Could Trayvon Martin Happen Here?

June 11, 2012

The late-night TV news last week featured a story about the graduating class from an area police academy. The reporter pointed out that the new officers underwent seven months of training, and that several had prior military experience. And in light of the events in Sanford, Florida, it made me wonder about the training, if any, required of community watch participants, who, in some cases - like George Zimmerman - are armed, and apparently confront "suspects" with their weapons.

And could we face a similar tragedy here?

The National Sheriffs' Association, in cooperation with the U.S. Justice Department, has prepared a Neighborhood Watch Manual, which is used by many such community organizations. It is not actual law, and watch groups are not required to follow the recommendations, but it is the official position of the local cops and feds. Their stance on training and weapons is clear: "Patrol members should be trained by law enforcement. It should be emphasized to members that they do not possess police powers and they shall not carry weapons or pursue vehicles. They should also be cautioned to alert police or deputies when encountering strange activity. Members should never confront suspicious persons who could be armed and dangerous."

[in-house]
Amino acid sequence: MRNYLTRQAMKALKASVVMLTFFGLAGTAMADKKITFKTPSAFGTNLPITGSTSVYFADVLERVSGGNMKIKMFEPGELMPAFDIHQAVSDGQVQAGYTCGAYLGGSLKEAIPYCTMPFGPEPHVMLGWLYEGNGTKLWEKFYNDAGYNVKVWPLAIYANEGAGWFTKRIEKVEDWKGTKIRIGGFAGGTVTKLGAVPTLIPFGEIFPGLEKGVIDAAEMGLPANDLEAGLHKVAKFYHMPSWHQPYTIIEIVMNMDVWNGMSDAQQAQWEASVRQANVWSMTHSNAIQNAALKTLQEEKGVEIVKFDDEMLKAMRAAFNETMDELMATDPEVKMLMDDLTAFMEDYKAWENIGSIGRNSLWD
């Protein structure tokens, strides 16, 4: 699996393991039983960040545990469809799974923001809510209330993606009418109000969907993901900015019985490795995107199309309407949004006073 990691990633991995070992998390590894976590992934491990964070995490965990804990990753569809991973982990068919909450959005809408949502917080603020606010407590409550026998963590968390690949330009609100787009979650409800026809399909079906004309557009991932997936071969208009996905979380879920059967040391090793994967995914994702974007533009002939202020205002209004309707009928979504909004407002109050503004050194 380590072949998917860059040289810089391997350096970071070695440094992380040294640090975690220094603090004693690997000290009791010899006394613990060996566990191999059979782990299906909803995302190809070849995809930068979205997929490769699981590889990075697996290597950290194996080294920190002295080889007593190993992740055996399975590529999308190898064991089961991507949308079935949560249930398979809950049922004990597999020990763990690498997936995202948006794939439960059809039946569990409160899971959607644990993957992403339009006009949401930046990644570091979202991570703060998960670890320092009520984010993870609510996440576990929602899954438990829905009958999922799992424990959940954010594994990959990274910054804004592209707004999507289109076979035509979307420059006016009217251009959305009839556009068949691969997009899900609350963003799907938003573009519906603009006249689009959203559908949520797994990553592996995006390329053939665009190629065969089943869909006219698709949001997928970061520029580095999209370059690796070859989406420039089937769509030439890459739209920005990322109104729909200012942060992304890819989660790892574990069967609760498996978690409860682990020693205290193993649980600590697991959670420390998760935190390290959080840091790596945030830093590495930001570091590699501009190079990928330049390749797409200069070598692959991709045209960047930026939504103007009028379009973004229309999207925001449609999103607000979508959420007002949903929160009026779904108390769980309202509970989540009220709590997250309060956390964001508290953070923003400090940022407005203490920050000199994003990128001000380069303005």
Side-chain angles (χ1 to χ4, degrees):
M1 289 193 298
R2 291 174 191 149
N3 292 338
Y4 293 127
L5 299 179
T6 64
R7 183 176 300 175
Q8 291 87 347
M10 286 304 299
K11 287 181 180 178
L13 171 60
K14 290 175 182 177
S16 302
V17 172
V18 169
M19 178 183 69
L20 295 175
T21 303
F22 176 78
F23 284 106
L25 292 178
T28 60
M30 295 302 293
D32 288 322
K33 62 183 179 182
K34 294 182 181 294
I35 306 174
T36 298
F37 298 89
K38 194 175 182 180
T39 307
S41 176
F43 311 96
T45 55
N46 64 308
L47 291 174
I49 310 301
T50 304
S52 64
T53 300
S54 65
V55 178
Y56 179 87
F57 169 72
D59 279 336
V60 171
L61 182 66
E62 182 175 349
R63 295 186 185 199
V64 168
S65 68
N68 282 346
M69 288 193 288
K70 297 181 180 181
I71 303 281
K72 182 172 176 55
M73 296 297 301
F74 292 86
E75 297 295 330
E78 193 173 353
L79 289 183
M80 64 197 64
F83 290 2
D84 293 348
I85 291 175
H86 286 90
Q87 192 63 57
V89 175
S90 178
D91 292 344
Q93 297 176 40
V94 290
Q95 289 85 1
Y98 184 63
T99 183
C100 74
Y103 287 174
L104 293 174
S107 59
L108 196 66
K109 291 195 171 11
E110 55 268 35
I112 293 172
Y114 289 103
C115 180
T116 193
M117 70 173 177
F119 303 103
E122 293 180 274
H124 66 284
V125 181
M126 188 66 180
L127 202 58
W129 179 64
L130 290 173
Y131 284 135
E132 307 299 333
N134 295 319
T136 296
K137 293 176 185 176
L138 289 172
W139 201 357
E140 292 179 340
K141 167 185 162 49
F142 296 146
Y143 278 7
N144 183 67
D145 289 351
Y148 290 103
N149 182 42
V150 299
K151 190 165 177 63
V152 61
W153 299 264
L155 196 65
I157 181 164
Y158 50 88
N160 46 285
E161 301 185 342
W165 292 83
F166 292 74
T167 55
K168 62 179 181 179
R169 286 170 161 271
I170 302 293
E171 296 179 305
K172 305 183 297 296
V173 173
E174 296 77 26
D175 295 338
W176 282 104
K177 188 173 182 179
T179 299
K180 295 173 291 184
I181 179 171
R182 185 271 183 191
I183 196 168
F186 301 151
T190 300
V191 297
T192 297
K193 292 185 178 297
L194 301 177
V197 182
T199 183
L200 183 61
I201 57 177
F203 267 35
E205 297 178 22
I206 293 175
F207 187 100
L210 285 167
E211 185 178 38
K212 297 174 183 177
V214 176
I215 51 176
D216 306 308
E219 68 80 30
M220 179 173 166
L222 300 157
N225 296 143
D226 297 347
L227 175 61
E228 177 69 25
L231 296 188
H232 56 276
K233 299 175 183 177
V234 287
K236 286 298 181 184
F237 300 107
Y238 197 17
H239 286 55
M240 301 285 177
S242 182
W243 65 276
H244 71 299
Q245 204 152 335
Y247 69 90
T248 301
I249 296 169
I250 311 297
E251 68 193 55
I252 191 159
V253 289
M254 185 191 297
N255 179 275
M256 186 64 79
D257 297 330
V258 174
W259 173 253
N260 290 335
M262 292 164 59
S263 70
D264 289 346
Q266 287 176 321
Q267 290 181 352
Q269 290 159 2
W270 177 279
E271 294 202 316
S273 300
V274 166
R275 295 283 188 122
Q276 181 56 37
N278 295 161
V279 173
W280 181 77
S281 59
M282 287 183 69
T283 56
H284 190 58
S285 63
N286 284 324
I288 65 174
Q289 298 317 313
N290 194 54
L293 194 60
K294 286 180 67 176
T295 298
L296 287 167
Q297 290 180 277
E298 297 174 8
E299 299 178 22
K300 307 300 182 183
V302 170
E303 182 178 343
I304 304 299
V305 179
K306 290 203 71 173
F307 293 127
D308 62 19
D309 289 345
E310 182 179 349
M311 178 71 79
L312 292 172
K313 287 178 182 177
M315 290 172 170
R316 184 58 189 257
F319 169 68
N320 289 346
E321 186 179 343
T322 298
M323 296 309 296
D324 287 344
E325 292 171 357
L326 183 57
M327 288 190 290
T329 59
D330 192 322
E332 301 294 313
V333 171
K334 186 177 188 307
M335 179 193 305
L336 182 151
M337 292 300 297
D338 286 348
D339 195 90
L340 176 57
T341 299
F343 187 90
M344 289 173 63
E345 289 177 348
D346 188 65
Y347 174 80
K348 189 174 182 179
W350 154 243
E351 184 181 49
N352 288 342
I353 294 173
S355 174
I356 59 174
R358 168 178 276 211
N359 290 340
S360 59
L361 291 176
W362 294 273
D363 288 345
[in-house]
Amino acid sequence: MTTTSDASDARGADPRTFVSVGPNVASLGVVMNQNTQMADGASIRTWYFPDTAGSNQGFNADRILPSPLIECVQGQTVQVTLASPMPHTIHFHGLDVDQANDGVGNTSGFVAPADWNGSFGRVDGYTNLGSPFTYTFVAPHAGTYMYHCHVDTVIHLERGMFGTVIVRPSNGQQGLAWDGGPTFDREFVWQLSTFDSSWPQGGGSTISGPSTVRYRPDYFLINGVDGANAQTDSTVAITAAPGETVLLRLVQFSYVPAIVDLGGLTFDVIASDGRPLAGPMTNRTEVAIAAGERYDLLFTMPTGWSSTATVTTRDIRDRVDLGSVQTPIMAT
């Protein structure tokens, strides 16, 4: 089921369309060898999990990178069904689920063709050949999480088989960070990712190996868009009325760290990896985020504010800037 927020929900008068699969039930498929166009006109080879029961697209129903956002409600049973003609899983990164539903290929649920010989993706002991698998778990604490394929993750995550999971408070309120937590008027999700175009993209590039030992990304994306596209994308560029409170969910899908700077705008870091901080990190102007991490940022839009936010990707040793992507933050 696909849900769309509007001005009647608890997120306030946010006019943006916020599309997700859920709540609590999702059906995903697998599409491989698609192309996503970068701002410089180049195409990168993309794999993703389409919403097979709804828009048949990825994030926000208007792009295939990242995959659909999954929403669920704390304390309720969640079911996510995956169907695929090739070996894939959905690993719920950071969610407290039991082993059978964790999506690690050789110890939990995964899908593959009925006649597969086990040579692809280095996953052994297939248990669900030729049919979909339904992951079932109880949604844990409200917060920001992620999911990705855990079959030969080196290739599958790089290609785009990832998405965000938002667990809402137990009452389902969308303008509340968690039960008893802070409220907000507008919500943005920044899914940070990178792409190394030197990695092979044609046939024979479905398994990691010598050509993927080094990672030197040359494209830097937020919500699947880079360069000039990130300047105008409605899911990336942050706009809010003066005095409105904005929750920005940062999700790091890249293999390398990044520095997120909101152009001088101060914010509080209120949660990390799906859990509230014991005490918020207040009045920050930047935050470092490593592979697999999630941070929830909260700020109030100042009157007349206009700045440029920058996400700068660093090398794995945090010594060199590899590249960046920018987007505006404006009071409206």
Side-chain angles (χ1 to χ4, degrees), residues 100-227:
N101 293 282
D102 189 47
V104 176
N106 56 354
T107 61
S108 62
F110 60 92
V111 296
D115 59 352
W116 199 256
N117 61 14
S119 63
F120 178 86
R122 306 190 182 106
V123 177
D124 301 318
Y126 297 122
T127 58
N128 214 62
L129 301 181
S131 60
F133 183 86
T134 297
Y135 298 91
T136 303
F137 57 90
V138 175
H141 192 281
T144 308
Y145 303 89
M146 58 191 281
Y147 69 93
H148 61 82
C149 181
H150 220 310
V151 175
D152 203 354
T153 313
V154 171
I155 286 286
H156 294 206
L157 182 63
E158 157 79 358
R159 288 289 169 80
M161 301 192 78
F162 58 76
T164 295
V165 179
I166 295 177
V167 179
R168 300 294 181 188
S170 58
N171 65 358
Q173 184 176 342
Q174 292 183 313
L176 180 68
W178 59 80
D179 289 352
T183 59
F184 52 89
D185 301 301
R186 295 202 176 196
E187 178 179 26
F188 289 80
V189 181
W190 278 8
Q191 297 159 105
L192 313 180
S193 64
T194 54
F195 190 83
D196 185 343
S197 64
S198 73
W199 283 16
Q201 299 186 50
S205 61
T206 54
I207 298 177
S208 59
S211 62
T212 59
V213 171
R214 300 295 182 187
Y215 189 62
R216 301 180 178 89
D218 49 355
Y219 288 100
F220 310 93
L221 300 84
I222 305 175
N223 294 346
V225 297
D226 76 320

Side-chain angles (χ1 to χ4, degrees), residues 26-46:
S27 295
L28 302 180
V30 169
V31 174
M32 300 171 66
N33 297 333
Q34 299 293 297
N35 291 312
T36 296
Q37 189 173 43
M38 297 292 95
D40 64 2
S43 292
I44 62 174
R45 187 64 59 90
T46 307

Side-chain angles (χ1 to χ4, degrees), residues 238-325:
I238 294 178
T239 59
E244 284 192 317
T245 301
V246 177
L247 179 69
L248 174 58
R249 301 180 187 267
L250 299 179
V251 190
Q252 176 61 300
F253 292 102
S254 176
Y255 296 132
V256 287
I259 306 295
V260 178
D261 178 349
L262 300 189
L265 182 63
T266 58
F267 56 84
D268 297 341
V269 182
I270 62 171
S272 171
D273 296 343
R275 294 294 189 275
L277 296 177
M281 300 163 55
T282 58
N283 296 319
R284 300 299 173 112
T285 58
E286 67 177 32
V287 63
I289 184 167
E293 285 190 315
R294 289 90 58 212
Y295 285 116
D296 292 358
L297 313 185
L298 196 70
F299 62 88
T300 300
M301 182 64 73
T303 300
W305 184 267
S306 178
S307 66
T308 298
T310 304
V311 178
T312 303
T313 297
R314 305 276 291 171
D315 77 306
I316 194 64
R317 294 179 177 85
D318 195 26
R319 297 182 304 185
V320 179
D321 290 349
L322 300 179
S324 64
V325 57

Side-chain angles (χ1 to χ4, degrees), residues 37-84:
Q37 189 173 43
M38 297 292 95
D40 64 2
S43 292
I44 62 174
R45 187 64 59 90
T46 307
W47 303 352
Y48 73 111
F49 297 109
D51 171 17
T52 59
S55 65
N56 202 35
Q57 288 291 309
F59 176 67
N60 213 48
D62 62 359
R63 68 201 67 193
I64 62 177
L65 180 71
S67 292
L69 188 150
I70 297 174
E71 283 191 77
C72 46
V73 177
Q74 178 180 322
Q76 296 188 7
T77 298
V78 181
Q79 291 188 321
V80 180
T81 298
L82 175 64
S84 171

Obviously, Zimmerman's actions were contrary to these recommendations.

Another organization, the National Neighborhood Watch Institute, sells equipment that watch groups use, like signs and literature. They also have developed a handbook, which states "Always remember that your responsibility is to report crime. Do not take any risks to prevent a crime or try to make an arrest. The responsibility for apprehending criminals belongs to the police/sheriff. Neighborhood Watch participants act as additional eyes and ears for law enforcement. They do not take the law into their own hands."

These guidelines are more vague than the Sheriff's manual, but it still appears that Zimmerman's conduct was outside of the recommendations.